“A framework through which NHS organizations are accountable for continuously improving the quality of their services and safeguarding high standards of care by creating an environment in which excellence in clinical care will flourish.”2
There is ample guidance in this document about how this aim is to be achieved. Clear national standards will be set by the national service frameworks and by NICE. Three national initiatives, a patient and user survey, a National Performance Framework and the Commission for Health Improvement, will monitor the delivery of these standards. At local level clinical governance arrangements will have to be put in place, with identified leadership and with an agreed baseline of current quality from which improvements must be made.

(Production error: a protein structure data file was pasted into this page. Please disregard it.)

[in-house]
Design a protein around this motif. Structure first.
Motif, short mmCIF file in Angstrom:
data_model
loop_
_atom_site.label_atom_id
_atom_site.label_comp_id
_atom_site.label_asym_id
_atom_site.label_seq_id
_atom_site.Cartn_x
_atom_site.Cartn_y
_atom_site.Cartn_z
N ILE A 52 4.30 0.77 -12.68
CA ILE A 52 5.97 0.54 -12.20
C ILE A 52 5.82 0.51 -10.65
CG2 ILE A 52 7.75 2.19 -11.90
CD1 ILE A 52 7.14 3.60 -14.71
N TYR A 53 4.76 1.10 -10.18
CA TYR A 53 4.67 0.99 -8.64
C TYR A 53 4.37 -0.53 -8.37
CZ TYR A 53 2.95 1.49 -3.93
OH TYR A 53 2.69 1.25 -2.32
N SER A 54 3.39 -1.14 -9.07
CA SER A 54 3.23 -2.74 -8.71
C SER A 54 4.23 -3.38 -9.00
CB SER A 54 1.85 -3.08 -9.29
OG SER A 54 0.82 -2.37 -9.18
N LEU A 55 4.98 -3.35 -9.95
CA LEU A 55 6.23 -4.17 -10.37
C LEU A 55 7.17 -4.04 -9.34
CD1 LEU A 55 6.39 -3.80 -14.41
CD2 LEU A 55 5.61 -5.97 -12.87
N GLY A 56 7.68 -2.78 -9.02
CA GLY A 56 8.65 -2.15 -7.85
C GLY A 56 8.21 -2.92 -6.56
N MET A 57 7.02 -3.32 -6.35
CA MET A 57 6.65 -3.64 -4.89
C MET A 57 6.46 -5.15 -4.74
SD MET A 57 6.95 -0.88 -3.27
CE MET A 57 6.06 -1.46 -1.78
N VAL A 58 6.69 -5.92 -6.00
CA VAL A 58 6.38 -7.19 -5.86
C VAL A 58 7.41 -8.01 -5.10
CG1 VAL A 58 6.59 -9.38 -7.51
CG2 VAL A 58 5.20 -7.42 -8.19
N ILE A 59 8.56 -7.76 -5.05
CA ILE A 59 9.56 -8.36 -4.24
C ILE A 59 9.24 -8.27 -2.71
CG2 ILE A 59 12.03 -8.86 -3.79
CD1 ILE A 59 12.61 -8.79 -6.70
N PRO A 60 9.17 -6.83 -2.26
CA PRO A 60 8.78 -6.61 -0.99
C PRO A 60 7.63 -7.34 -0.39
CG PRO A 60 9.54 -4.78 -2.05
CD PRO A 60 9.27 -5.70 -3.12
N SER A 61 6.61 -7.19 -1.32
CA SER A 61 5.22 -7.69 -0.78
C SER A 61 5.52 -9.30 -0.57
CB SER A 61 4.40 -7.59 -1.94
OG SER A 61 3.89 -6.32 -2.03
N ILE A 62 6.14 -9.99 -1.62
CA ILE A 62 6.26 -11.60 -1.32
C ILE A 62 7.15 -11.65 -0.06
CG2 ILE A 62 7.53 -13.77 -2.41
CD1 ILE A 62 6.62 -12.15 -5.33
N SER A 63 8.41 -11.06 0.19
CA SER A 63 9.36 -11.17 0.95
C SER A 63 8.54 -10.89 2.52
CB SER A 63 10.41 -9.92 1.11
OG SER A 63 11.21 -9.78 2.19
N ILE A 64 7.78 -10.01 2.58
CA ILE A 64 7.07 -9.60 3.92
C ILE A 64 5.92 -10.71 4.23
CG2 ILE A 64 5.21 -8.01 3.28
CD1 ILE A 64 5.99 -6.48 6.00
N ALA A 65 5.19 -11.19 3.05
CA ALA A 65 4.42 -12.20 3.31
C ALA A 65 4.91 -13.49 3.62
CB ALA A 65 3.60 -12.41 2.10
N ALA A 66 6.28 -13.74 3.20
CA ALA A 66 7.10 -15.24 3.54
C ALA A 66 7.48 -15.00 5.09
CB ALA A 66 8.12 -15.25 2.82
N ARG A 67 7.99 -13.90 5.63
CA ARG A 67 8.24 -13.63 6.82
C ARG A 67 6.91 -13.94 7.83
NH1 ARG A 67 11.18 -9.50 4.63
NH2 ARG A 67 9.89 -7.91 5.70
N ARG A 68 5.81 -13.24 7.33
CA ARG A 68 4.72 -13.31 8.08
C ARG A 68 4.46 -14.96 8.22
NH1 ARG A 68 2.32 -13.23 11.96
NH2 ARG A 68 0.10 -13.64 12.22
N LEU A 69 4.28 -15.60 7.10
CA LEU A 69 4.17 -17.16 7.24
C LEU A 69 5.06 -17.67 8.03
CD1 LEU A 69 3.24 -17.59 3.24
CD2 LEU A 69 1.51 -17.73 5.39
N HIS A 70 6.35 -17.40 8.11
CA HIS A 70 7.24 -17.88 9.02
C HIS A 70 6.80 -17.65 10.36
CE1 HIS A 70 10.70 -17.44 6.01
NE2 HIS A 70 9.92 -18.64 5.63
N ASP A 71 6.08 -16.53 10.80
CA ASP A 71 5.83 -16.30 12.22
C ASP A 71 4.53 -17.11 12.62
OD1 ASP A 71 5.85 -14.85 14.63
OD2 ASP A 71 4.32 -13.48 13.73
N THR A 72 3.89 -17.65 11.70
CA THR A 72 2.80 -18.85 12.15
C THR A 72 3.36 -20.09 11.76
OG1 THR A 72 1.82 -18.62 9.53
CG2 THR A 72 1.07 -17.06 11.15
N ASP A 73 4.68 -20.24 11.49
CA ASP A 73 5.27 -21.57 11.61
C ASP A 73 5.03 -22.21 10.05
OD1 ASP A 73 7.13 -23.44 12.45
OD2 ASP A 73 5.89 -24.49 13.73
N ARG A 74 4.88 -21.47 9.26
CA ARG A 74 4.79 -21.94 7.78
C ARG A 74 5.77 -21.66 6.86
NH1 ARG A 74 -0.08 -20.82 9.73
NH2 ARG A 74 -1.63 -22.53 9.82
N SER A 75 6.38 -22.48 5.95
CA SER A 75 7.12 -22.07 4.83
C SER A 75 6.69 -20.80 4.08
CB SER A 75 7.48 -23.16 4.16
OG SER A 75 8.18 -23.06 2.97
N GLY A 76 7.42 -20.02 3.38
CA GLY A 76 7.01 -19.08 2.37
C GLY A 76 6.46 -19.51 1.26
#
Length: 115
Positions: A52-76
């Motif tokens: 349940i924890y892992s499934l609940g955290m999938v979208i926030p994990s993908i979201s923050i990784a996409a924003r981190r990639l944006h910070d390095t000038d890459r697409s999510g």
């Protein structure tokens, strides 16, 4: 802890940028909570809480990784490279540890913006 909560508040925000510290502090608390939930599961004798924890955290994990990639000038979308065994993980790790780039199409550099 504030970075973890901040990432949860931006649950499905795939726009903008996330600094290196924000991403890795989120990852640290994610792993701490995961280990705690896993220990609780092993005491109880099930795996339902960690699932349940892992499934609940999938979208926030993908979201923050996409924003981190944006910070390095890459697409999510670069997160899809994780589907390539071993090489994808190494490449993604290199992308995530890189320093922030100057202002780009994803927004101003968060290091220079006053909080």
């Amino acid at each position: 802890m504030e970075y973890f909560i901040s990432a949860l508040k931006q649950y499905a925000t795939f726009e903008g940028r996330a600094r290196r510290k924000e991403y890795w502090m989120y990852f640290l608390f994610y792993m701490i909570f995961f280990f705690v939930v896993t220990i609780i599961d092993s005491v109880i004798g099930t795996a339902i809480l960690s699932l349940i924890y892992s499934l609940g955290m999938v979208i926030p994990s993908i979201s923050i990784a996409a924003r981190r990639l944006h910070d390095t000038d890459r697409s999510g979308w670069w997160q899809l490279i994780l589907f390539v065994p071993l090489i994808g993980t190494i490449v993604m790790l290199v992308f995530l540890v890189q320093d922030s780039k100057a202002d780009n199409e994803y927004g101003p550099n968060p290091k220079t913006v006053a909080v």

All this is admirable, and if it can be made to work throughout the NHS it should noticeably raise the standard of care and ensure greater protection of patients from inadequate services or professional malpractice. But how does it all relate to ethical support and appraisal? Misunderstandings will easily arise. For example, managers may see clinical ethics committees as part of risk management and so expect them to reduce the incidence of unethical practice. There is no prospect of this happening, even if it is a desirable or appropriate role for clinical ethics committees. Ethics committees perform a consultative, not a managerial, role in health institutions. It is unimaginable that they could, or should, seek out unethical practice and try to remedy it. Indeed, the most likely people to consult such committees are the most ethically conscientious of the professional staff. The practitioners whose practice is of concern ethically are not at all likely to submit their clinical decisions to ethical scrutiny! Moreover, at a deeper level, the task of ethical analysis and advice is not to offer incontestable moral judgments on the decisions or practices of individual practitioners. Not infrequently there may be diverse views of the right course of action on the committee itself, and usually the task of the committee is to air the debate, leaving the individual practitioner or treatment team to reach a considered judgment on their own responsibility. Committees may help to produce more thoughtful, educated and self critical practitioners, but the end result could be an increase, not a decrease of risk to the institution from such independently minded practitioners. The search for the Socratic is often the search for the controversial, and it should not be forgotten that Socrates himself was found guilty of (educational) malpractice by an Athenian court.